Nor should appointment to federal courts including the Supreme Court be limited to lawyers. A brilliant businessman, a brilliant politician, a brilliant teacher might make an excellent judge or justice and greatly improve a court, relying on brilliant law clerks for the legal technicalities, which anyway receive far more attention from judges than they should, because most of the technicalities are antiquated crap.
A two-fer! Not only should the Supreme Court, court perhaps being the operative word, not be limited to lawyers (because we’re not up to our eyeballs in proof that a “brilliant business” is just as good as someone with knowledge and experience), but that “technicalities,” like cross examination perhaps, are antiquated crap?
This evoked a shocking epithet from Judge Rakoff.
Rakoff: Jeepers, I’m a little taken aback by Judge Posner’s salvo.
Former Southern District prosecutors are such potty mouths.
From the day they enter law school, lawyers not only learn the legal methods and processes that are necessary to the proper practice and interpretation of law but also learn some very important lessons that are too little taught elsewhere: that there is something to be said for each side of most issues; that careful distinctions therefore matter; that a decision that cannot be supported by reason is essentially lawless; that in the long run the fairness of procedures is as important as the substantive results; that being a good judge is not a popularity contest; and that protecting the rule of law requires eternal vigilance.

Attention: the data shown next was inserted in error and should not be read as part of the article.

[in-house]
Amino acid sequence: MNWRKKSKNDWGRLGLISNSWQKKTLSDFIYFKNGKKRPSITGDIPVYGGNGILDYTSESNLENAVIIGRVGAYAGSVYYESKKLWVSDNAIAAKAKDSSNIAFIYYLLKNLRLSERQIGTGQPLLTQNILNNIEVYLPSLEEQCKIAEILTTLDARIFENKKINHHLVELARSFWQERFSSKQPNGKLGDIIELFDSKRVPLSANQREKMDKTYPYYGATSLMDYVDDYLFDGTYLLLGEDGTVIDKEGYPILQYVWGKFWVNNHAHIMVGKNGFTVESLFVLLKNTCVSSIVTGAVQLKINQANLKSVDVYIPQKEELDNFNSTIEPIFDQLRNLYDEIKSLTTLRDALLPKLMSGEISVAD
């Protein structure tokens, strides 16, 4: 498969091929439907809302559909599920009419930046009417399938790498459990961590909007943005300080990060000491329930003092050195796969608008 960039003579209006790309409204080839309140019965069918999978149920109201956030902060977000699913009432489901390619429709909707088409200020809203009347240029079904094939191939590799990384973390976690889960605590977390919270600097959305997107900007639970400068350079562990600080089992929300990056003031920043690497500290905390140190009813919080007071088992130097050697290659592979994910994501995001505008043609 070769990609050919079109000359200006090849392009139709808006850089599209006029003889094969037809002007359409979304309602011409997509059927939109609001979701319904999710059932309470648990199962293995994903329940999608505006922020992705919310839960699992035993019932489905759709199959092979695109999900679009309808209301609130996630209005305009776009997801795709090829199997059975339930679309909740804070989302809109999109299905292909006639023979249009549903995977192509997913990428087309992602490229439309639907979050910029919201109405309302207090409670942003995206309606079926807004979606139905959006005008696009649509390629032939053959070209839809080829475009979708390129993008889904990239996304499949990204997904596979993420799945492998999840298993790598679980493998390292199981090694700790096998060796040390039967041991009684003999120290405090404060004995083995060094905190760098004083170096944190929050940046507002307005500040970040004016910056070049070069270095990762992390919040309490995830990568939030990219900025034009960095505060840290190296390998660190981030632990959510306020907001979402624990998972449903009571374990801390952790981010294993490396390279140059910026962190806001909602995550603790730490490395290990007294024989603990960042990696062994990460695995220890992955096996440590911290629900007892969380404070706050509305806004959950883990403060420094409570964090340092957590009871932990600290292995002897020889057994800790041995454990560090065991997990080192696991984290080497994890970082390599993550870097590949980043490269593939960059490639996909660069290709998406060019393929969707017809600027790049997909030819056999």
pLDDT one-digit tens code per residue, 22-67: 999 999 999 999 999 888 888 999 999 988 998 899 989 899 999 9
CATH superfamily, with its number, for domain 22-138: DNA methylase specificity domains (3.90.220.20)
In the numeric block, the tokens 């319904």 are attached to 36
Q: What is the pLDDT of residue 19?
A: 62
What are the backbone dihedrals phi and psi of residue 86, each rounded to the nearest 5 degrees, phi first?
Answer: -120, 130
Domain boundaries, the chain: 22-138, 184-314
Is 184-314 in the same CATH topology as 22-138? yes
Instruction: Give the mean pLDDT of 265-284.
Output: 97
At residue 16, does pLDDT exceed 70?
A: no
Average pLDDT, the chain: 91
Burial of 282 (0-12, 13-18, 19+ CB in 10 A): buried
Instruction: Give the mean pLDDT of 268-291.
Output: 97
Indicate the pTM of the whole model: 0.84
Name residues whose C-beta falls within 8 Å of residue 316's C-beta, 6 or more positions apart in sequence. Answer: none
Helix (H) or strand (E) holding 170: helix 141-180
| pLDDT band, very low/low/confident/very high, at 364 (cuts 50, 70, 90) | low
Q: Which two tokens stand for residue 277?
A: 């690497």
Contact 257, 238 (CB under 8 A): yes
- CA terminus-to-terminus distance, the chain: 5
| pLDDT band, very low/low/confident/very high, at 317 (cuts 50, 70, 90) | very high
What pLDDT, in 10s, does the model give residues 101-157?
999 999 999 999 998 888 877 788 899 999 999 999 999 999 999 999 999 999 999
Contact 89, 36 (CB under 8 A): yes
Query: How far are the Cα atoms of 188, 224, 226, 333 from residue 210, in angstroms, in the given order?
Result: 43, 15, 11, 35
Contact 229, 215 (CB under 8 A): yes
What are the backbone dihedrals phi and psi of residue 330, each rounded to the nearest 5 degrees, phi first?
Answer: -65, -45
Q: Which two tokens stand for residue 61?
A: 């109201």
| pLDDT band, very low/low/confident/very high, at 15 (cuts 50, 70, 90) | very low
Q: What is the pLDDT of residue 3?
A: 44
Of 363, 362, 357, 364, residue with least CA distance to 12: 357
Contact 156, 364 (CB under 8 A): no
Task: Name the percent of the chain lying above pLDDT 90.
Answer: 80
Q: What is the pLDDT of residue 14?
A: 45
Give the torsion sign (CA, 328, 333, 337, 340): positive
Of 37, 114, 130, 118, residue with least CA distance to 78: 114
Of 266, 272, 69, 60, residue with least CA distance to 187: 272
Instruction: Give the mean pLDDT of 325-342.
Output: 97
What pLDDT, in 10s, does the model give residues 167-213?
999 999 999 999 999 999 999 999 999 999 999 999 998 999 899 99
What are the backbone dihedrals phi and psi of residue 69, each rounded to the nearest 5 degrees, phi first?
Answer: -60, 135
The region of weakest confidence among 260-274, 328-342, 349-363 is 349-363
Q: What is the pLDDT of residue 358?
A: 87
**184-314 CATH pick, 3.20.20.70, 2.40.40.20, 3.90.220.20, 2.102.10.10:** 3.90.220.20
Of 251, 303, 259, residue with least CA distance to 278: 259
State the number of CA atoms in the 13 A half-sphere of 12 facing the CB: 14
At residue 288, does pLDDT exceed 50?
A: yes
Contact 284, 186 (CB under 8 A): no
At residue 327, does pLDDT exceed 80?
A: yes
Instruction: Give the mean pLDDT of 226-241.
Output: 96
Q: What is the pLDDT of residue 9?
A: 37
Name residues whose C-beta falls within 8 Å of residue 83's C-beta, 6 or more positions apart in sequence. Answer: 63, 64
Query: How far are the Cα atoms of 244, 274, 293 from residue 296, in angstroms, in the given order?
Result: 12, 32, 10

But Judge Posner is not about to take this lying down:
It’s not true that there’s something to be said for each side of most issues; that a decision must be supported by “reason,” whatever that means exactly, to avoid lawlessness; personally, I prefer common sense to “reason.”
Those two little words, common sense, the refuge of those who lack the capacity to provide a logical, rational explanation for why they think something, and prefer instead to hide behind their feelz, their bias, the gut reactions, their whims.
How is this possible? A few explanations come to mind. There is no question that Judge Richard Posner has had a brilliant career as a federal judge, but even brilliant people have the occasional synapse disconnect, and Judge Posner has been accused of having more than his share over the past few years. Has he lost it? Has he lost his impulse control, grown disinhibited such that whatever pops into his head gets blurted publicly?
Or is Judge Posner far trickier than the casual reader realizes? As he approaches his own magic age of 80, he may see in himself the limitations that he wants to impose on others. It may be that his fast ball has lost its speed over the years. Or it may be that his fast ball sometimes sails over the plate, and other times winds up in left field.
But consider whether Judge Posner’s putting on a show to demonstrate his point, that the age of a federal judge does matter and there should be a number where a judge “ages out” of his tenure in office. Exhibit A? Richard Posner. Well played, Judge. Well played.